BY STEPHANIE LOUGH
Winnie the Pooh, we get you. We understand why you are constantly getting stuck with your nose in the honey jar, or running from the swarm of a nearby hive you snagged.
You are obviously one health-conscious Pooh Bear.
Don’t let the sugary deliciousness – or Pooh’s belly full of fluff – fool you; honey is one of nature’s super foods.The sappy, sticky stuff we love to put on our toast is packed full of antioxidants that support the immune system and antibacterial properties that are believed to improve digestion.
It can work as a natural remedy for cuts and burns, rashes and sore throats. It helps boost energy and eases hangovers.
It could help fix one of our nation’s biggest health problems, as using honey while baking or making sugary drinks like lemonade can greatly reduce a family’s intake of refined sugars – one of the leading causes of our country’s obesity epidemic.
Recent studies are now showing that honey can even help build a tolerance against allergies.
That is, if you are buying real honey.
While all honey is essentially made the same (by bees regurgitating nectar, but try not to focus on that), not all of the honey is the same by the time it makes it to the shelf.
The majority of mass-produced honey goes through intensive pasteurization to kill any bacteria present. This process involves heating and filtering the honey, which also removes any particles and most of the beneficial nutrients and antioxidants. The end product is not technically honey, but nectar.
Natural honey has not been pasteurized in any way, thus keeping the nutrients intact, and is sold three ways: liquid honey, raw honey, and honeycombs. Liquid honey most resembles what comes from the fun-shaped squeeze bottles as it has been filtered to remove any wax, but has not been pasteurized.
Natural honey can be found at most organic food stores, but it’s recommended to go to a nearby farmers’ market to ensure it is locally produced. Beekeepers and farmers can be very knowledgeable, and asking where the bee farms are located, and the type of fauna in the area, might actually provide even more health benefits.
New studies are determining if a person who consumes honey from the same geographical region in which they live may be able to desensitize himself from allergies. In theory, a person’s allergies are often caused by pollen from flowering plants, possibly the same pollen the bees used to make their honey. By consuming the honey, the immune system is exposed to this pollen, eventually building strength against it.
While this theory has been upheld for decades, studies have just been done in the past few years on the correlation between natural local honey and allergies. So far, no real benefit has been proved; however, these studies are criticized for using small sample sizes and not having long-term data.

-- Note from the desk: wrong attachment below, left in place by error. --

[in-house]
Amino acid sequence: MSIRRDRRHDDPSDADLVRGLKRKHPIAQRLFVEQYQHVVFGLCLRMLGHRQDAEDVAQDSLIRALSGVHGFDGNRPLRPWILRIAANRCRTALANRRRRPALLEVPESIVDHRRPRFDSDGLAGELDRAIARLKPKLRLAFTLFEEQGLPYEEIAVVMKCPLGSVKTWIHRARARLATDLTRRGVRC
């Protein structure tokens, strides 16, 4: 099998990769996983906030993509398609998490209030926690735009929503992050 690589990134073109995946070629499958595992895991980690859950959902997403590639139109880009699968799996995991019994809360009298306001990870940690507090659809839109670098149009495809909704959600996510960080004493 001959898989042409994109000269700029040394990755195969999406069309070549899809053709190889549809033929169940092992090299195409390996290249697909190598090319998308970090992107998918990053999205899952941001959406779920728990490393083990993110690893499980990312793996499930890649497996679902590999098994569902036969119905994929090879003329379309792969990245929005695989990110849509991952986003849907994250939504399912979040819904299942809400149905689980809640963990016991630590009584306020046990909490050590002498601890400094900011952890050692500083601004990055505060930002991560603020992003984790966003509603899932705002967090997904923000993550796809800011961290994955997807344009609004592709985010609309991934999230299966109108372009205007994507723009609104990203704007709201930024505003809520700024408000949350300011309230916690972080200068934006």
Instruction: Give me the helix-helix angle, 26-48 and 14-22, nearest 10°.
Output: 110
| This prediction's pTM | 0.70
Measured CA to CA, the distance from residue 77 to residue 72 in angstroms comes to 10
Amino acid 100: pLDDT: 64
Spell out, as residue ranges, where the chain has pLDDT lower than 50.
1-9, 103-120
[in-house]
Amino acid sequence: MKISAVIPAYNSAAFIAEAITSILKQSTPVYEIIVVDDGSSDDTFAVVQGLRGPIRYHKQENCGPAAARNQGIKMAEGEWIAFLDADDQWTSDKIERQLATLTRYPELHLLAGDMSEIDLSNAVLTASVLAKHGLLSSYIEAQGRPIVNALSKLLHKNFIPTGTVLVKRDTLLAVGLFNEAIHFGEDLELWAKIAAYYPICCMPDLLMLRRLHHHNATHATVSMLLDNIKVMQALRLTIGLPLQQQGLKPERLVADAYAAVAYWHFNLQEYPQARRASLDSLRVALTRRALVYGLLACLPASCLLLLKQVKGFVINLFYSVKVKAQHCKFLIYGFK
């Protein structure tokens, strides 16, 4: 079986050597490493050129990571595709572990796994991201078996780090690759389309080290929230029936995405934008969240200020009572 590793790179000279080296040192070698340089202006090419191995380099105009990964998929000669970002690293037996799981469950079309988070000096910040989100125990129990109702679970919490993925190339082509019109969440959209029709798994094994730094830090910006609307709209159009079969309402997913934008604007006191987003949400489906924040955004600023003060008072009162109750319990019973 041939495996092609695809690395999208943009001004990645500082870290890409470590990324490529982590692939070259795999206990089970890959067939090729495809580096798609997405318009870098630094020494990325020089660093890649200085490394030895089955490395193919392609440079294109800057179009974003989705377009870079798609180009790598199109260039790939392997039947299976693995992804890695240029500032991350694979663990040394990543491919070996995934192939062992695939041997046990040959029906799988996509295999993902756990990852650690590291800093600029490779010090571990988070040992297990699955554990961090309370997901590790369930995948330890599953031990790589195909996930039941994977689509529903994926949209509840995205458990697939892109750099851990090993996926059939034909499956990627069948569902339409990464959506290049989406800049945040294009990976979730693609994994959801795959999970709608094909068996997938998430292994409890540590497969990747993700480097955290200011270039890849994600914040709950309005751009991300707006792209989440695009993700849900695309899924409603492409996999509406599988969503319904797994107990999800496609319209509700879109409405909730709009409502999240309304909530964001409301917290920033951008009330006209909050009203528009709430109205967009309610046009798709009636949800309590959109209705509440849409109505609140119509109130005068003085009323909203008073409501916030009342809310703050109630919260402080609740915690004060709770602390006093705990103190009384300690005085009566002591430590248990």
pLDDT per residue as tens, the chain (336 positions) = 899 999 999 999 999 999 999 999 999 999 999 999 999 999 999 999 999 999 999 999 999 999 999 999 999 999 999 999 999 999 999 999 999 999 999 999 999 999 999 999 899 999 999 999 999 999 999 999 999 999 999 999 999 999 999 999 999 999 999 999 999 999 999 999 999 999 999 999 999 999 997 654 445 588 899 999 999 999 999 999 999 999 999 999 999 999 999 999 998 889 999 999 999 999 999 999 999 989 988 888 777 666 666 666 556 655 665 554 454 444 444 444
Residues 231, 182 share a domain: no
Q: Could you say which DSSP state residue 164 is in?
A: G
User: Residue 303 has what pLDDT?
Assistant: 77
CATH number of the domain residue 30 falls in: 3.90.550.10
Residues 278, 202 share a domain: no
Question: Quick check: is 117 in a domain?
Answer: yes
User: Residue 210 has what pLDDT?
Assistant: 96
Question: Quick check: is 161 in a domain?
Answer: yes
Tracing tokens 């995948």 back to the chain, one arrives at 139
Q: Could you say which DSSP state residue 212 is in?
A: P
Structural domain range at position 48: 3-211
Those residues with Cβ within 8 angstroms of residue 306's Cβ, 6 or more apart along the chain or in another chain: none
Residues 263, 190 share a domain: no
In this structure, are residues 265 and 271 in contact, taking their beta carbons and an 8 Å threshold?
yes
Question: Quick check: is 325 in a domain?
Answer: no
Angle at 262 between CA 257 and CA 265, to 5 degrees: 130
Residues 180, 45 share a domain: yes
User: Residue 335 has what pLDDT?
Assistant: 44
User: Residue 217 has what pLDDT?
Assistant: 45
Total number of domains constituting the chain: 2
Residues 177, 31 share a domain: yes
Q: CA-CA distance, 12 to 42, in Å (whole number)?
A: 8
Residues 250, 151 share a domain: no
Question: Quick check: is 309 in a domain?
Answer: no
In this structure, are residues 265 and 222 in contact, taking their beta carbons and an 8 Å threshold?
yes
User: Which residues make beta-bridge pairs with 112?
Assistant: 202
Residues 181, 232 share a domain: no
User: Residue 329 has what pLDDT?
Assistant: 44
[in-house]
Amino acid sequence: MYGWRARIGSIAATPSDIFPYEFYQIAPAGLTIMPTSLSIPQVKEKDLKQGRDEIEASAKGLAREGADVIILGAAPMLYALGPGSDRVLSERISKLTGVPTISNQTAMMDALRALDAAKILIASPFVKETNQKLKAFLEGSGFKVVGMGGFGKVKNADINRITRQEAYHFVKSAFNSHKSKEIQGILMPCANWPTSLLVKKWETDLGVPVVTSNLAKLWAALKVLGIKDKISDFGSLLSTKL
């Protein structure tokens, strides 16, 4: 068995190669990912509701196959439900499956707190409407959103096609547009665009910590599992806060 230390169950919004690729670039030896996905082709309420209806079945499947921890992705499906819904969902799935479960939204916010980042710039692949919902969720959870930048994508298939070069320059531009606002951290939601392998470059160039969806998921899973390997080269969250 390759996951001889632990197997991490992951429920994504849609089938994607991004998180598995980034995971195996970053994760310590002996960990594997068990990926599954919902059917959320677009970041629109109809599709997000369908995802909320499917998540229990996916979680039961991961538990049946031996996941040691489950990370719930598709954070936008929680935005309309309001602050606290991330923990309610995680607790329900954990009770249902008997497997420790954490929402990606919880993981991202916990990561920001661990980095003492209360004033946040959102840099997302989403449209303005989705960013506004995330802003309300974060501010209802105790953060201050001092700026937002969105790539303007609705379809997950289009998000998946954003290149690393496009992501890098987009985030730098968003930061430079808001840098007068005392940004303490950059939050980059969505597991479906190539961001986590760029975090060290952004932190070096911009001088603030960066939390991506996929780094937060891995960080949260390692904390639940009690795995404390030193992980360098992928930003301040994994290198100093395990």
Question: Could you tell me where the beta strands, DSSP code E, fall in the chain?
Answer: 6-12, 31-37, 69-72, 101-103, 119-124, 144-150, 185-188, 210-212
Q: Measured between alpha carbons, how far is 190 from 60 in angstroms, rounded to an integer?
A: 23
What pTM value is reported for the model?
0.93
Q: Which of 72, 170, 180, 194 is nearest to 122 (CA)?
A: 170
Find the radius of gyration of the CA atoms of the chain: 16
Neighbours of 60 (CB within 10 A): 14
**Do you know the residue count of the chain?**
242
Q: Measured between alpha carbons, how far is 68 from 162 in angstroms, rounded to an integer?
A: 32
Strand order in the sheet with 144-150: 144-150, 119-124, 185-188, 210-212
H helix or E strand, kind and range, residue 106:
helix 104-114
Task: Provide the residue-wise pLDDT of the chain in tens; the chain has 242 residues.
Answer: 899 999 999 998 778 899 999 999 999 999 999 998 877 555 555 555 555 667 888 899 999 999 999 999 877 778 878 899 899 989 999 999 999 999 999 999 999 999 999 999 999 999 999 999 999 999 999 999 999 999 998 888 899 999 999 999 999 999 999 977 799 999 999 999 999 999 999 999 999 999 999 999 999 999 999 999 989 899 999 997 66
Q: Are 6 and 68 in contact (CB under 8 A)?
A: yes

Still, there are hundreds of single cases in which a person reported less severe or no allergies after regularly consuming local, natural honey.
For mother Chrissy Miller, ditching the store-bought goods and seeking out natural honey was an obvious decision.
“I have not always used local honey. I actually started buying it when I was pregnant with my first son,” said Miller, who has a son, Dax, 2, and is expecting another boy in October. “I had a huge sweet tooth and was trying to stay away from candy and sodas. A friend suggested that I buy honey sticks from the farmers market, and I was in love immediately.”
The effect that honey had on her allergies, which followed Miller from Florida to Oregon before moving to Phoenix, was just a bonus.
“I have noticed [a difference]. I have not had any issues with allergies in the four years that I have been eating local honey.”
While more expensive than commercial honey, Miller says it is worth it. She gives a spoonful to her toddler when he is sick, on his cuts and burns, and uses it to bake organic cupcakes. During pregnancy, when especially conscious of any chemicals she could be exposing herself to, she uses honey for facials and as a moisturizer.
The best part?
“I don’t have to feel guilty about giving my kids a sweet treat.”
A sweet economy
Miller learned most of her tricks from the honey stand, Absolutely Delicious, at her local farmers’ market. The family-owned business sells honey from a handful of beekeepers around Arizona. On top of keeping her family healthy, being able to support a local, family-owned business keeps Miller coming back every few weeks.
Bees are a critical part the economy, and not only because of honey and the dozens of other byproducts like beeswax and bee pollen. Bees also pollinate about one-third of U.S. crops as well as the plants given to livestock – industries that are worth more than $10 billion each year.
The scary fact is, though, the honeybee population is on a sharp decline, and has been for the past decade in what is known as Colony Collapse Disorder (CCD), a phenomenon in which colonies seemingly disappear. While there is no single reason, contributing factors include pesticides, disease, and environmental changes. Some even cite cell phone radiation as a cause of CCD. Without bees, our world’s food structure would be greatly compromised. From fruits and vegetables to bacon and steak, coffee and juice, cooking oils and soy – many of our favorite foods and staples rely on the tireless work of bees.
So next time you add a dollop of honey to your tea, think about where that honey came from and all bees can – and have – done for life to thrive.
“If the bee disappeared off the surface of the globe, then man would only have four years of life left. No more pollination, no more plants, no more animals, no more men.” – Albert Einstein.
Natural Arizona Honey
Various farmers markets in Phoenix
17346 E Melody
Gilbert, AZ 85234
Crockett Honey Co., Inc.
1040 West Alameda Drive
Tempe, AZ 85282
Mountain Top Honey Co.
Flagstaff, AZ 86001
The Honey Stand
3691 N Highway 87
Pine, AZ 85544